Expert: Monday haze seen in Delaware Valley caused by California wildfires

Shara Dae Howard
November 19, 2018 - 9:26 pm
Nov. 14, 2018; Bloomer Hill, CA, USA; Firefighters from Div Q Q conduct backburn to remove fuel as they work to contain fire near Bloomer Hill.

Scott Clause/The Advertiser via USA TODAY NETWORK


PHILADELPHIA (KYW Newsradio) — There was a bit of haze in the sky Monday afternoon, which a local expert explains is a California fire smoke plume moving through the Delaware Valley. 

"Terrible fires out in California are large and powerful and putting a lot of smoke out into the air," said retired meteorologist Gary Szatkowski.

He says the weather service computer models are showing that the California wildfires are producing so much smoke that a plume made of that same smoke has made it all the way to the Delaware Valley.

"The computer model said some of it came over to us today and many people have noted that the sky looked kind of hazy this afternoon," Szatkowski said.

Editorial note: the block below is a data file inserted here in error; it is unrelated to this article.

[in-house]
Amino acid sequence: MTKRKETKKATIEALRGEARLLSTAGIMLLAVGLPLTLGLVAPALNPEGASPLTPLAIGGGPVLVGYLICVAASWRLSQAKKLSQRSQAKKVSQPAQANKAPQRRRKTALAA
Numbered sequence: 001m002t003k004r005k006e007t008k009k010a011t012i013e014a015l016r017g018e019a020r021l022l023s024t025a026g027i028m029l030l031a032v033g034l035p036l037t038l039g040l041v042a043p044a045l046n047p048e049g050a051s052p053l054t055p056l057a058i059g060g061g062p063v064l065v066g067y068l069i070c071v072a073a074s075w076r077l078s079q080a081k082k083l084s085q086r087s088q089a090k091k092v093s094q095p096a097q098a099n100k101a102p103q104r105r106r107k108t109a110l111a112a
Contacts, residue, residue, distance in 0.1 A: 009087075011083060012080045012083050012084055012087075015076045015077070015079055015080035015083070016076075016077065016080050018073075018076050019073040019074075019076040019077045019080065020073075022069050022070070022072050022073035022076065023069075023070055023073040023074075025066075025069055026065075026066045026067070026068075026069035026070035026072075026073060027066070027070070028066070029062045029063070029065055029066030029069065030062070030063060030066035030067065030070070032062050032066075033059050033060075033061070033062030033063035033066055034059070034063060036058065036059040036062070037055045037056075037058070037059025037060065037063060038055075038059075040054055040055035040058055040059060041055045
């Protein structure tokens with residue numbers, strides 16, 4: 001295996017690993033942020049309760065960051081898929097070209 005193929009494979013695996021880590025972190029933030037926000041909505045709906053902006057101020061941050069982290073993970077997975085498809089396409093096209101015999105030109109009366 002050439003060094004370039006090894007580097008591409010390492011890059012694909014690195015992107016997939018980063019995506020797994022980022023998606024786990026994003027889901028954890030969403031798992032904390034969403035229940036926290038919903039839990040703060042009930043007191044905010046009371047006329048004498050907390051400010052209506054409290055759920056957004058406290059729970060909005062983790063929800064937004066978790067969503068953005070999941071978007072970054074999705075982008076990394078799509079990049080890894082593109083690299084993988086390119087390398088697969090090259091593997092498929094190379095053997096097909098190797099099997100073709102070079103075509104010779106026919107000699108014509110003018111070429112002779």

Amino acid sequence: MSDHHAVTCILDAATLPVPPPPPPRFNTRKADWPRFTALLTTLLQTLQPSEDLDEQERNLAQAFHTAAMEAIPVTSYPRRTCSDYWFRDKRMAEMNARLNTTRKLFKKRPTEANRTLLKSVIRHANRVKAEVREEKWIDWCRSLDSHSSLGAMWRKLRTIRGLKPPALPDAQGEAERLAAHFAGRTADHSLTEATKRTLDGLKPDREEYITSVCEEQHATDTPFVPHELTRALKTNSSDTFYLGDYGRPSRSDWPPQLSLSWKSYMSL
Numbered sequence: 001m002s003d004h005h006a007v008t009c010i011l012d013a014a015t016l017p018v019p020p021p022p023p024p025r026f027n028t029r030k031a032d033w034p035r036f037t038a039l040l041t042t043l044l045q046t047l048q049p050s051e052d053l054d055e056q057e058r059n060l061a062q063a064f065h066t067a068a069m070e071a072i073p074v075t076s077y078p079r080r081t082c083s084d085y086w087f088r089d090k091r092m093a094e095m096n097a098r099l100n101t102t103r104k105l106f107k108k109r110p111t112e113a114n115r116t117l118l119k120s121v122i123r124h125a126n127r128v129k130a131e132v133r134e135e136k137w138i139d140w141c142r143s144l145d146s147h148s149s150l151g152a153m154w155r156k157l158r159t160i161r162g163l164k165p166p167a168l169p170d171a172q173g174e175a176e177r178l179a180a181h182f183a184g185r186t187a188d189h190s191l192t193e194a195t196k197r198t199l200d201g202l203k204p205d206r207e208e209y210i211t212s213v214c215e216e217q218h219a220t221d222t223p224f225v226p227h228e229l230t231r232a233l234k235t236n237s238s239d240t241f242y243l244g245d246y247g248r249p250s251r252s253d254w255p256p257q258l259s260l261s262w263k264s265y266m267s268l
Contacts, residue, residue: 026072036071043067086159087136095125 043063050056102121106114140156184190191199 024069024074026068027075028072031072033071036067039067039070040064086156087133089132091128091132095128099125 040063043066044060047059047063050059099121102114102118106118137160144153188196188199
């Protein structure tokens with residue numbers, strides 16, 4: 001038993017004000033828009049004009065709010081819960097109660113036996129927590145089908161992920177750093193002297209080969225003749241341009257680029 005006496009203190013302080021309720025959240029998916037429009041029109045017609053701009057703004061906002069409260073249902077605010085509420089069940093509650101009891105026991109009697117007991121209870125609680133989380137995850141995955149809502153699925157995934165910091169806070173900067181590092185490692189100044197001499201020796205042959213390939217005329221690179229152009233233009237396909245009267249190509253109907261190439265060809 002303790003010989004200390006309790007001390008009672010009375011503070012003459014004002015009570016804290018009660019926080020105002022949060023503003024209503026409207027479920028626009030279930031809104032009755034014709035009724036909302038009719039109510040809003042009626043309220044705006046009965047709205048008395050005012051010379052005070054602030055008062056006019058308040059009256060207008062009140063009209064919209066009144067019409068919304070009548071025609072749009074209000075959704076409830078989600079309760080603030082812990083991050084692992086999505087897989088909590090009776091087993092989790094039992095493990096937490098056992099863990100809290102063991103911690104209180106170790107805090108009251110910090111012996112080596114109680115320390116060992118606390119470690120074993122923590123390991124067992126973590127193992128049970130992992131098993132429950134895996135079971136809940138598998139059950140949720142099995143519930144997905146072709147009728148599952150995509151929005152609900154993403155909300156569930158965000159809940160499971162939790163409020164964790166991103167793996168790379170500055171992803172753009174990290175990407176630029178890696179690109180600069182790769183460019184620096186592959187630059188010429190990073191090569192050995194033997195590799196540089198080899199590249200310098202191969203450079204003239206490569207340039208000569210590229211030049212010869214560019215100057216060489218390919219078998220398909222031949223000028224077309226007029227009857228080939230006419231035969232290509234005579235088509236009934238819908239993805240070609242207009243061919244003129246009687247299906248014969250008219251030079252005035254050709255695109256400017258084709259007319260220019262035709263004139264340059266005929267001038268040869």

He could recall a time when forest fire from Canada was blown down to the Philadelphia area, but not in recent history could he remember smoke traveling from the West Coast all the way to the East Coast. 

"Not unheard of but it's pretty rare that smoke from such a distant fire to be able to affect our weather," he added. 

Szatkowski said the haze should clear out by Tuesday morning, and since the smoke was several miles up in the atmosphere in the area known as the jet stream, it shouldn't cause a health concern.
But as always, people should be cautious.